I'm sticking with my brand: Loyal customers perceive competitor ads differently

Nov 17, 2008

What does it take for marketers to reach customers who are already loyal to a particular brand? A new study in the Journal of Consumer Research examines brand loyalty and the way it affects perceptions of advertising.

Authors Sekar Raju (Iowa State University), H. Rao Unnava (Ohio State University, and Nicole Votolato Montgomery (College of William and Mary) discovered that consumer brand loyalty heavily influences responses to marketing from competing brands. "Consumers who are more loyal to a brand seem to search and process competitor brand information very differently than consumers who are less loyal to a brand," write the authors. "When loyalty is high, consumers search for evidence that a competitor brand is not a good brand, contrary to the advertisement information."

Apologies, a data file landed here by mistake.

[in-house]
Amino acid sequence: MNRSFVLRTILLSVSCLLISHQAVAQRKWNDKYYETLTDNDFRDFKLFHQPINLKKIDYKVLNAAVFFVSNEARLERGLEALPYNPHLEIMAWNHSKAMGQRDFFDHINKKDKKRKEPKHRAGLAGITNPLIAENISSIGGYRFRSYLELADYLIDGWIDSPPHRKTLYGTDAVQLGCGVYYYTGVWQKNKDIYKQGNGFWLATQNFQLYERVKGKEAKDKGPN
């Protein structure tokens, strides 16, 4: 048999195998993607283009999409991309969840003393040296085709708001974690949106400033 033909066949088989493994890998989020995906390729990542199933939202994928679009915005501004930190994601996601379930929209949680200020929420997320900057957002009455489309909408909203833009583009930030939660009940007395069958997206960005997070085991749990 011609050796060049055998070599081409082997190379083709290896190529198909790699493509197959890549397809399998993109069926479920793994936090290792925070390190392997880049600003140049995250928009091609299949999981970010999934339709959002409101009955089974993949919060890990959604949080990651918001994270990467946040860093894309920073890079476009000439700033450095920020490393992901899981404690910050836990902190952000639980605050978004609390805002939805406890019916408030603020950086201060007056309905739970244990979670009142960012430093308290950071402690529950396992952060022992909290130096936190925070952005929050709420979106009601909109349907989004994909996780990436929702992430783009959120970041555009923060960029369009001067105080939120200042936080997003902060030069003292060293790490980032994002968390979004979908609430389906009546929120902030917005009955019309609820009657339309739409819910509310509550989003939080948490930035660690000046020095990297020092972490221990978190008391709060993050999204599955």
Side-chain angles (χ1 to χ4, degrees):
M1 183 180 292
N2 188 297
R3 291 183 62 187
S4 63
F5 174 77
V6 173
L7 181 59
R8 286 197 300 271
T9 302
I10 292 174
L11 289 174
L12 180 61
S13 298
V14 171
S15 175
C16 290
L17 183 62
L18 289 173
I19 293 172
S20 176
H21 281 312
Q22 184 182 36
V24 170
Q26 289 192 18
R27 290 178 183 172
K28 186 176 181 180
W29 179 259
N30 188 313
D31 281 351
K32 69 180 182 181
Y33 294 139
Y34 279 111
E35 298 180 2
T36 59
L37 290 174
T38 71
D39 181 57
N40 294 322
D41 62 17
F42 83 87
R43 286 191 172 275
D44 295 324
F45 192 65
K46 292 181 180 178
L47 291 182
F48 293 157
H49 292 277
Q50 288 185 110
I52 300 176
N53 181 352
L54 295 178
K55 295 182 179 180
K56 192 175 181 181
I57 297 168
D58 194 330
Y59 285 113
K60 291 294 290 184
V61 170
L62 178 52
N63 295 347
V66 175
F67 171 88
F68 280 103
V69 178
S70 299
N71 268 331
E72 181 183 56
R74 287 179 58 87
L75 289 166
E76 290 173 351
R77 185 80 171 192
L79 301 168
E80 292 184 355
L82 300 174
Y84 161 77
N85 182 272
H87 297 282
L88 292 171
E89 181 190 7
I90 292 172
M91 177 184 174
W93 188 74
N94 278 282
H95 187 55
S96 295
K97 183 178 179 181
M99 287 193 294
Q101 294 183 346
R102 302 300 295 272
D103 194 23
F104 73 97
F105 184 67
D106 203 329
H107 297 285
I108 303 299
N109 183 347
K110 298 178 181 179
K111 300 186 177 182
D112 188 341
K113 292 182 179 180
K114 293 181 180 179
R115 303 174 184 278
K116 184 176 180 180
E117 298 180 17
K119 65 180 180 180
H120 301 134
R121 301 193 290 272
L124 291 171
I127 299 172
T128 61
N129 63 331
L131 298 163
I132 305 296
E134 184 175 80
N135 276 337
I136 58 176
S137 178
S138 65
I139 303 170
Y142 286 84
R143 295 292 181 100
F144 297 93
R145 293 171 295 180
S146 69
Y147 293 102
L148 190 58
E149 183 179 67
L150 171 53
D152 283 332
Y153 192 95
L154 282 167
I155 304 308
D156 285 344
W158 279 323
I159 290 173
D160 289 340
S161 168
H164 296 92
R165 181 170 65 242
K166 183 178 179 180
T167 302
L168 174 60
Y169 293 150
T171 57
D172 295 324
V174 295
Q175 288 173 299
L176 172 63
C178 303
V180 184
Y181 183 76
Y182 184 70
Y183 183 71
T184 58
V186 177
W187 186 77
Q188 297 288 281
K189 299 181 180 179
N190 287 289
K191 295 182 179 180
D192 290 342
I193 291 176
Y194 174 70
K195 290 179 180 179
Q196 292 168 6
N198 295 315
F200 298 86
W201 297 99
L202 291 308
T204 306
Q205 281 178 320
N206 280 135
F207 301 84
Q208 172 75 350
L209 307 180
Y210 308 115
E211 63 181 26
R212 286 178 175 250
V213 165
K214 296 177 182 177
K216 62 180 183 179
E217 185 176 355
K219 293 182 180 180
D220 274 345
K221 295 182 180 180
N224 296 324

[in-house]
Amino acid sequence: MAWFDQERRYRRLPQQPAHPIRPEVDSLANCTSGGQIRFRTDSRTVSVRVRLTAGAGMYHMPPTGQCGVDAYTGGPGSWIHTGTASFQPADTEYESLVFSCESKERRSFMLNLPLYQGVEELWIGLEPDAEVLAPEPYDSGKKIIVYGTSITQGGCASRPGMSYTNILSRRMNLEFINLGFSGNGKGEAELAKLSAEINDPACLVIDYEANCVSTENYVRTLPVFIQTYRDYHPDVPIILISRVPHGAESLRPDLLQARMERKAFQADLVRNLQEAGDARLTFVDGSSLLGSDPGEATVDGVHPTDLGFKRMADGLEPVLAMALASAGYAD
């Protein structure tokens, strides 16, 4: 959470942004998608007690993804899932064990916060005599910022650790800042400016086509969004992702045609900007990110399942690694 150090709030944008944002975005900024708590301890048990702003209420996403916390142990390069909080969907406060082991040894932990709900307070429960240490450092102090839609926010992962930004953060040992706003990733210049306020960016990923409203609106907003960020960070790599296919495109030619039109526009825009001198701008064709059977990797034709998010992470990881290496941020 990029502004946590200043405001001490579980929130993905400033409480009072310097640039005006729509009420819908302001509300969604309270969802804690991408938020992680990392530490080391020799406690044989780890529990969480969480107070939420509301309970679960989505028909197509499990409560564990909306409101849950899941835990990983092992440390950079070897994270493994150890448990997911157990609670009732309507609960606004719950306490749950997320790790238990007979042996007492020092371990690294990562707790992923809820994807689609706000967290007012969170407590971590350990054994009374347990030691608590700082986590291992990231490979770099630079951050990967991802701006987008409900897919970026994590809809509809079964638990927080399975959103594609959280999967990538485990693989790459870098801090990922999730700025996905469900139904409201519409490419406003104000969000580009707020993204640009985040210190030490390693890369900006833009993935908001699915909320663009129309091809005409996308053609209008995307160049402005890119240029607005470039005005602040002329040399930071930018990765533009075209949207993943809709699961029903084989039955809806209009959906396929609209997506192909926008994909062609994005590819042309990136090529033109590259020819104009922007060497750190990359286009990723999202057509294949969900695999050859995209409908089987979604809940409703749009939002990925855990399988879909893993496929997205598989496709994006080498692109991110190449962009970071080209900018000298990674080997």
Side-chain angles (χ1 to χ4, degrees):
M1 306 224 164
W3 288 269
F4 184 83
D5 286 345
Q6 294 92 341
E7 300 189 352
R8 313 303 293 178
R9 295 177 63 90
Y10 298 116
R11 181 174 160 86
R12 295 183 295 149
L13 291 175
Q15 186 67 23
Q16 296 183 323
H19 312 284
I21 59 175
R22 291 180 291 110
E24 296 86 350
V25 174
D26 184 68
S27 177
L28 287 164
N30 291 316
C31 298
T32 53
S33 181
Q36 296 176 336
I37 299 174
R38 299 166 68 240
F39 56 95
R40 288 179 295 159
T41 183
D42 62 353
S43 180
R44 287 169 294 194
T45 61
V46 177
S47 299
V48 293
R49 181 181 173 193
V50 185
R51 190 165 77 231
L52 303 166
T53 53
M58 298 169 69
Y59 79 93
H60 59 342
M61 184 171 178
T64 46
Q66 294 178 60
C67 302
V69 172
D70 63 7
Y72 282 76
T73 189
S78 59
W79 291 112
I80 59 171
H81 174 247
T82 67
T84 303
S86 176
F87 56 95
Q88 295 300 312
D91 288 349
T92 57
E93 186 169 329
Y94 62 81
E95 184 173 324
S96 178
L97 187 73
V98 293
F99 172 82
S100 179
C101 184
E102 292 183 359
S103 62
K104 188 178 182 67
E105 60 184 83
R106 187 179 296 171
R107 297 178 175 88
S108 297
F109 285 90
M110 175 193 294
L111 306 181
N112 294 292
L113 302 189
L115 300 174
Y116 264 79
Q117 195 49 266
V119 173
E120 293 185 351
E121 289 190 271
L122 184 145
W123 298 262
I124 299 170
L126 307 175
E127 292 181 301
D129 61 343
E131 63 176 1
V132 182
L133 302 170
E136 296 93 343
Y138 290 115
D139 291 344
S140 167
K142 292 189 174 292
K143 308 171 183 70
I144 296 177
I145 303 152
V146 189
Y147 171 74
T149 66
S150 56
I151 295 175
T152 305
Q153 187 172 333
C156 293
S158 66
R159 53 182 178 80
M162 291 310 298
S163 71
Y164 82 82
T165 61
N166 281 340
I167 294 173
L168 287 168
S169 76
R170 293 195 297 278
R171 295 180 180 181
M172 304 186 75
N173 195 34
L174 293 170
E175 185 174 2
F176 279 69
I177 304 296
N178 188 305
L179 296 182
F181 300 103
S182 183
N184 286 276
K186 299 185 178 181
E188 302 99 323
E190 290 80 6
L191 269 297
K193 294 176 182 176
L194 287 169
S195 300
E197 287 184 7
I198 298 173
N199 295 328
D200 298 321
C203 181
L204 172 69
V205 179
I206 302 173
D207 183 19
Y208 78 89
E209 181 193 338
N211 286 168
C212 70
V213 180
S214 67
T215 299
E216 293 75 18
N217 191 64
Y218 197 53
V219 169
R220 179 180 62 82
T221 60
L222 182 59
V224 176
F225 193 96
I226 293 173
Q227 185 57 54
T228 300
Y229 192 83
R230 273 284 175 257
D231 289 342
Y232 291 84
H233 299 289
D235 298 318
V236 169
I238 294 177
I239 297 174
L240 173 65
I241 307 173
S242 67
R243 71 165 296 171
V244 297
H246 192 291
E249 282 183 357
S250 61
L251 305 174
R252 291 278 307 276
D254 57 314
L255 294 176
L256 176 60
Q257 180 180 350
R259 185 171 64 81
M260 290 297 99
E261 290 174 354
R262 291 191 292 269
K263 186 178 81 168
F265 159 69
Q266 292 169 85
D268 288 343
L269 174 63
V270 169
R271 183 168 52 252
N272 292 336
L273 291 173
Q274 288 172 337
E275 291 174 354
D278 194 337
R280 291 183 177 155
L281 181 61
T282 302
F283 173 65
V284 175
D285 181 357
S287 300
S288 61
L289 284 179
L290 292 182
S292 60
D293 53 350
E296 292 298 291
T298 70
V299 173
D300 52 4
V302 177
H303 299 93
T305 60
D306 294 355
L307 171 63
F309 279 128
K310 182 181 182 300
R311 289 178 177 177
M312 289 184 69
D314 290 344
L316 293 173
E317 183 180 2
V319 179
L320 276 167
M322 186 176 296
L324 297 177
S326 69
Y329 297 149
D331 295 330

In contrast, less loyal customers look for evidence to confirm that the competitor brand is a good brand. "This search manifests in the identification of similarities between their preferred brand and competing brand, resulting in an overall perception that the two brands are alike."

In three related studies, researchers compared people who were very loyal to specific brand-name products: Sony music players, Saucony athletic shoes, and Olympus voice recorders. The researchers succeeded in changing the perceptions of low and high-loyalty participants by asking them to shift their focus from dissimilarities to similarities, or vice versa.

"The change in focus from searching for similarities to dissimilarities has implications for marketers. Advertisements that are targeted toward consumers who are loyal to another brand may have to be structured differently," conclude the authors.

Source: University of Chicago

Explore further: Corporate interest is a problem for research into open-access publishing

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